There are many options for breast reconstruction, and some women are candidates for every option, and some are candidates for only a few depending on their bodies.
Implant-based reconstruction has the advantages of being faster in terms of the actual surgical time as well as technically easier for the Plastic Surgeon. Recovery is faster as well. It will require the placement of a tissue expander in the first stage of reconstruction which will then be expanded in the doctor’s office over the course of 6-8 weeks. Once the expander is full, you are taken back to the operating room for an exchange of the expander for the permanent gel implant. Nipple and areola are reconstructed at a later time after this second surgery.
A DIEP flap is much more technically demanding. Preparing the flap requires a high degree of surgical expertise because it involves removing abdominal skin and fat attached to a single artery and vein that emerge from the abdominal muscles. The muscles themselves are left intact. The area on your chest that will receive the flap also must be prepared by locating a small artery and vein that run along the inside of your rib cage. Once both are ready, the flap is sutured into place using microsurgical technique (a large operating microscope is used to magnify the small blood vessels up to 40x). This surgery will take much longer than placing an expander, and it is much more difficult.
So to answer your question, who is most satisfied? Studies are showing (and anecdotally, my patients tend to agree), that breast reconstruction using your own tissues (also known as autologous) results in longer-lasting results with greater satisfaction than implant-based reconstruction. This is because the newly created breast is made from your own tissues and looks and feels like a real breast. The flap can be molded appropriately to shape the breast nicely. And just as important, a flap will not need to be replaced or fail in 10-15 years. It is permanent.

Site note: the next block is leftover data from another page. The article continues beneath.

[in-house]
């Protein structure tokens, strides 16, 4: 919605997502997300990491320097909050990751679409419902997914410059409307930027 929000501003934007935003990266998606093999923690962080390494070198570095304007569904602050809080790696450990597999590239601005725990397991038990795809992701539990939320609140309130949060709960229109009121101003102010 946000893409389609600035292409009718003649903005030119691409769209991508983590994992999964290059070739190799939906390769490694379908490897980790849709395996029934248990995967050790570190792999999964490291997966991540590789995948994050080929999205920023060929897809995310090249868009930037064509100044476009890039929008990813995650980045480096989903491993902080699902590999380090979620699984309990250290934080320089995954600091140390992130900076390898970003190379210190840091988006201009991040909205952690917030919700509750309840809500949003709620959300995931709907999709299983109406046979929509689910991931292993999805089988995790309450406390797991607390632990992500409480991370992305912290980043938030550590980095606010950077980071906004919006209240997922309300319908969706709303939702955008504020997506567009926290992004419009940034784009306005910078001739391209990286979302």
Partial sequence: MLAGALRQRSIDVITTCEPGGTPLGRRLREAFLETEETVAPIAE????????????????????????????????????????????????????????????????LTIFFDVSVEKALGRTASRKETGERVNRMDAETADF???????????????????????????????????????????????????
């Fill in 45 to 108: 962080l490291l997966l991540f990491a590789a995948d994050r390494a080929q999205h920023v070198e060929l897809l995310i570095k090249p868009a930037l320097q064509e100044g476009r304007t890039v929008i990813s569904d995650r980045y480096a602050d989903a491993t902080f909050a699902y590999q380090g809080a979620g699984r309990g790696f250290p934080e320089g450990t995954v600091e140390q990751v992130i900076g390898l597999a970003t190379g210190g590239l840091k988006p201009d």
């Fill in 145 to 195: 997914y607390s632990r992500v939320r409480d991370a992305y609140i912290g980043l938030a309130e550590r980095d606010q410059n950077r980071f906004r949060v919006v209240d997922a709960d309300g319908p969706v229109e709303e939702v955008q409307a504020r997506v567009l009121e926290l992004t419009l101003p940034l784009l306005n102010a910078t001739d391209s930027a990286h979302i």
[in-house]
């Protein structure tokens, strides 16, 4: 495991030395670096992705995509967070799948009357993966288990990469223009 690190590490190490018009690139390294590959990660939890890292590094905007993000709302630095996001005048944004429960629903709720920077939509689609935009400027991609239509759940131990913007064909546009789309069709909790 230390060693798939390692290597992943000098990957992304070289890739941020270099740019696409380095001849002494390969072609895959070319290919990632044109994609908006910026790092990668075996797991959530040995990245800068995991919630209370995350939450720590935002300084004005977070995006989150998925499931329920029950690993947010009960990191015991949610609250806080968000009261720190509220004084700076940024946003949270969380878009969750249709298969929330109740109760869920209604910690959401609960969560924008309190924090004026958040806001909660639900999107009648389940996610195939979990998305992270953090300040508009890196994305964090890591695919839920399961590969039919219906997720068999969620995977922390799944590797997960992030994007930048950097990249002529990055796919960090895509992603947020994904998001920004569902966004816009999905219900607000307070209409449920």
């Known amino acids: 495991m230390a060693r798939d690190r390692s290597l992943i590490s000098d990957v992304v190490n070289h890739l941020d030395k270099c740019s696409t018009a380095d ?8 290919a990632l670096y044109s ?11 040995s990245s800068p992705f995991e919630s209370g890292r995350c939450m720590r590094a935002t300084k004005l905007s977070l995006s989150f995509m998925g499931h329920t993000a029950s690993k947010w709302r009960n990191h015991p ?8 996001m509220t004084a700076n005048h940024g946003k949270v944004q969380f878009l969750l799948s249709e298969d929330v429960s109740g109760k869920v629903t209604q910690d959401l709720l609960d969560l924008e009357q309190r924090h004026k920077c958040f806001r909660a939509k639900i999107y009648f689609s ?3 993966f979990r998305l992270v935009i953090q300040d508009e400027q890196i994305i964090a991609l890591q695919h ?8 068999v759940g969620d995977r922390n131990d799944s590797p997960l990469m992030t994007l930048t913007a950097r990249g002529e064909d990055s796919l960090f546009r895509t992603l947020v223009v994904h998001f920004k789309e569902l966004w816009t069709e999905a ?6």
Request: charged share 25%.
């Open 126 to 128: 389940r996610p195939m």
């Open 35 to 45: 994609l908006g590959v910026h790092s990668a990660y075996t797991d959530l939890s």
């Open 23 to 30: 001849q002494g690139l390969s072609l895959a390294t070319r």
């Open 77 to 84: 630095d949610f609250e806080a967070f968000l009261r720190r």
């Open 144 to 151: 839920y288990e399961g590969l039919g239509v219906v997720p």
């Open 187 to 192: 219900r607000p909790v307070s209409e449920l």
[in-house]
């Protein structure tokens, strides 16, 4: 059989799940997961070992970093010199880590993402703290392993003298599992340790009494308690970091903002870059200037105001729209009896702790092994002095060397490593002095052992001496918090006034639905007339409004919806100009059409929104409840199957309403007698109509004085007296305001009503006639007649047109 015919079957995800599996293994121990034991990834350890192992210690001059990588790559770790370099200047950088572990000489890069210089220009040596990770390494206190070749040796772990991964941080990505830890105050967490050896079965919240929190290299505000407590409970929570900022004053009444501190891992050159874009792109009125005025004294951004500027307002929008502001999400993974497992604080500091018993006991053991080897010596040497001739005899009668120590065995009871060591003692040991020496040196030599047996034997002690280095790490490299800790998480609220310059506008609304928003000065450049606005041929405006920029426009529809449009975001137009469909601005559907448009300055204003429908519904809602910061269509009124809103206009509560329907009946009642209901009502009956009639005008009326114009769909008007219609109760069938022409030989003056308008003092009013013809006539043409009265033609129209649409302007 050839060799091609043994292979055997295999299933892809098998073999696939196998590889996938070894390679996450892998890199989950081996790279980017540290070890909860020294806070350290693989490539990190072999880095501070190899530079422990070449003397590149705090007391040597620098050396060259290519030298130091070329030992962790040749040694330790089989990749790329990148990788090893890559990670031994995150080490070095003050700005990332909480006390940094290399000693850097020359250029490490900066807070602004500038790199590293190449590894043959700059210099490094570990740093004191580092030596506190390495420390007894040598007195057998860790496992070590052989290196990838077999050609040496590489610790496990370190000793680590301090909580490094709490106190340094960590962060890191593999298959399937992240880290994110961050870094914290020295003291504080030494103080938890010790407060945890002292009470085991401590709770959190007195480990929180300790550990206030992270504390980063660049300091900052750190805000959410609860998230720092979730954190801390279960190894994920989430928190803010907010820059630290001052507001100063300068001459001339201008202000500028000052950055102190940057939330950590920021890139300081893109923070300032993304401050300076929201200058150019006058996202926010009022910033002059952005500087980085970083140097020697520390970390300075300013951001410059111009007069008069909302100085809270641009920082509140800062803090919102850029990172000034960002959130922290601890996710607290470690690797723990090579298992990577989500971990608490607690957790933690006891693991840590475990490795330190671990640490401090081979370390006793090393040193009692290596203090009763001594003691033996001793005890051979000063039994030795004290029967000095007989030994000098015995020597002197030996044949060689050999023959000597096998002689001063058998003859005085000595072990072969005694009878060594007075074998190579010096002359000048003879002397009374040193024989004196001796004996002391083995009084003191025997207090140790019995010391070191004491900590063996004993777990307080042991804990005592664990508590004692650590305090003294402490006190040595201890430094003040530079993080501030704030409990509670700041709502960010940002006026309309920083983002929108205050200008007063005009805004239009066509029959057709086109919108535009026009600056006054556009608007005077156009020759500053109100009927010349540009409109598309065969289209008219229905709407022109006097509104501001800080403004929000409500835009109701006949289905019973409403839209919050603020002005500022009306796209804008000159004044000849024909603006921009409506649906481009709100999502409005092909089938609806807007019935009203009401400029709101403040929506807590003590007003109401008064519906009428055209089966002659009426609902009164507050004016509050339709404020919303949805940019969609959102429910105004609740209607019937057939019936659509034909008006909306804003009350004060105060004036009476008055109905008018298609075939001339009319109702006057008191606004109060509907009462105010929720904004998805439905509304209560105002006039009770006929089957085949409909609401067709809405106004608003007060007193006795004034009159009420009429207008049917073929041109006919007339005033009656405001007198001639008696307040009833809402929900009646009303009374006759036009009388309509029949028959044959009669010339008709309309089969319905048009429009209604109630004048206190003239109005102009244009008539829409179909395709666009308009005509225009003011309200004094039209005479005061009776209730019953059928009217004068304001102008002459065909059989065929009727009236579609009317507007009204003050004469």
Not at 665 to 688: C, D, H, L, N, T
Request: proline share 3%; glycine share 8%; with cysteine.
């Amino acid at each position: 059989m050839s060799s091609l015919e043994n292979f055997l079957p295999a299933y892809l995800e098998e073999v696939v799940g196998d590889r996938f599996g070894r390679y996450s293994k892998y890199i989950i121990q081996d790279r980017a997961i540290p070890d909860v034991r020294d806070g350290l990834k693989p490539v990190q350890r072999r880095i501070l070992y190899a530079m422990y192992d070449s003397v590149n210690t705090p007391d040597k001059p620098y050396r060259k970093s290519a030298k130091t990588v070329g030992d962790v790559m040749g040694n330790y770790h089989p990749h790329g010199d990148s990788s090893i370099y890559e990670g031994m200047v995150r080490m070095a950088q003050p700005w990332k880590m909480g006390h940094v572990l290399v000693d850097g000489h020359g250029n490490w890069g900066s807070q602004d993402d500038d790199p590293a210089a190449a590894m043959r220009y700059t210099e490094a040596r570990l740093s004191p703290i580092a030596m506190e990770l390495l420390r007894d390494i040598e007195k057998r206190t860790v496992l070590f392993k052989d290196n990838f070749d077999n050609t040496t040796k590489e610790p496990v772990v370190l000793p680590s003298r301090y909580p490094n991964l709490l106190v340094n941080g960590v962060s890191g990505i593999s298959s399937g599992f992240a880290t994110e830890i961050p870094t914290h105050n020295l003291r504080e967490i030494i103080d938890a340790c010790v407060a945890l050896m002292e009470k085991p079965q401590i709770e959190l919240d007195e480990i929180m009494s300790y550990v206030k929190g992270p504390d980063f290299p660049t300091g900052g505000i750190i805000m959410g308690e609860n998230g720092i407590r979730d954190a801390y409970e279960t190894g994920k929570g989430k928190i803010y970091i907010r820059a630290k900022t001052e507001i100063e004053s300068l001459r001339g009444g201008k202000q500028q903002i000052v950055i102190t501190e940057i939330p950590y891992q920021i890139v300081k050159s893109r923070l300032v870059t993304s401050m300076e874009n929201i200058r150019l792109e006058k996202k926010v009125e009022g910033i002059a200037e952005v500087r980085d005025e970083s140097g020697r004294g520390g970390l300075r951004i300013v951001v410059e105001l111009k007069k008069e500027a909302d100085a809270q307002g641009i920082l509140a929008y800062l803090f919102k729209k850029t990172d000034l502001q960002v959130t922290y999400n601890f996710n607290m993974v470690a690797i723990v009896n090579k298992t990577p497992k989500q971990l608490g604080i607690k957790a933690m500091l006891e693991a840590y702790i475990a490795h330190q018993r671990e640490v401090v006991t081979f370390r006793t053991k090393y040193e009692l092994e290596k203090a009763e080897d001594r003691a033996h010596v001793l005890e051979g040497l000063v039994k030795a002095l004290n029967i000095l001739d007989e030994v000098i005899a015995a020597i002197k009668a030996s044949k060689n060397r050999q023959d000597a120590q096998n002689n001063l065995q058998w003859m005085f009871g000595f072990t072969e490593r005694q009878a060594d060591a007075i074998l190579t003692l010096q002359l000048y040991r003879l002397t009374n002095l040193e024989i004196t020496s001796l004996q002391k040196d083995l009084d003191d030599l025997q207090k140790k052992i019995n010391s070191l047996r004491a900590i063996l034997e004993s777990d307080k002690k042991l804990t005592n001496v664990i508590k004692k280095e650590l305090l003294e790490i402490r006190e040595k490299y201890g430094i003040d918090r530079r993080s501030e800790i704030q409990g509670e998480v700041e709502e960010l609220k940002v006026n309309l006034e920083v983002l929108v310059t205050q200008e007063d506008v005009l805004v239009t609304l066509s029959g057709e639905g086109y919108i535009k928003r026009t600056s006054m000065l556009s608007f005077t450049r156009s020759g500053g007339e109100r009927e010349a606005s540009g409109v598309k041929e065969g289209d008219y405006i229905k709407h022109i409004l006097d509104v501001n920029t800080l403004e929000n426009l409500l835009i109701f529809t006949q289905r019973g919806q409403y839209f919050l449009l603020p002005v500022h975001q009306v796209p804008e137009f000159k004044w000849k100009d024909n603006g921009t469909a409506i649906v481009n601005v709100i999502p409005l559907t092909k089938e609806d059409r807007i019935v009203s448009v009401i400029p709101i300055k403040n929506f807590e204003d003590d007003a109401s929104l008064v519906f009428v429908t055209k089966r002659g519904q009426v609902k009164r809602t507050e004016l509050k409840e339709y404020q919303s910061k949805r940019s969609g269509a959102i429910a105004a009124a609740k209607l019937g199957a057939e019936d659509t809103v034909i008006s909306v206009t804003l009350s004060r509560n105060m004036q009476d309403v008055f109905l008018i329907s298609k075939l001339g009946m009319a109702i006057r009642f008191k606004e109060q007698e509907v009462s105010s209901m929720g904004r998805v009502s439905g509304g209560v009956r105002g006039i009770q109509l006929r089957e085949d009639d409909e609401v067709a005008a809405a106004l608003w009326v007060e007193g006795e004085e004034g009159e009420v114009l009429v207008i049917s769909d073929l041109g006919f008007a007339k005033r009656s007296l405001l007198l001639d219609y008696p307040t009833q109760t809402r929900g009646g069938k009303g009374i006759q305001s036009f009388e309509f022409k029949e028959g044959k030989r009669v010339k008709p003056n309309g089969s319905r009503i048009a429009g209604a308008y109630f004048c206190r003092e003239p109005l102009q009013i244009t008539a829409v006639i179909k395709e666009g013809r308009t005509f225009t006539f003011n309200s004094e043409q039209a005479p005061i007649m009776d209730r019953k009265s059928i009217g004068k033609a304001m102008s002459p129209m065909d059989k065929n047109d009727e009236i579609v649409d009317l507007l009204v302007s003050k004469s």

Implant-based breast reconstruction, despite being easier, faster, and a quicker recovery, places a foreign body (the implant) to recreate your breast. Some women complain that the implant does not feel natural and does not look natural. It is more difficult to mold and shape a breast that is recreated from an implant. And finally, all implants will fail at some point. This might present as a contracture (scar tissue) around the implant or a rupture of the implant. Which means you will need to have further revision surgery in the future if these things become clinically significant.
That being said, both options are still widely accepted and both options can create beautiful results. In fact, the vast majority of breast reconstructions being performed in the United States are still implant-based. I perform both, and I have extensive experience with the DIEP flap and microsurgery.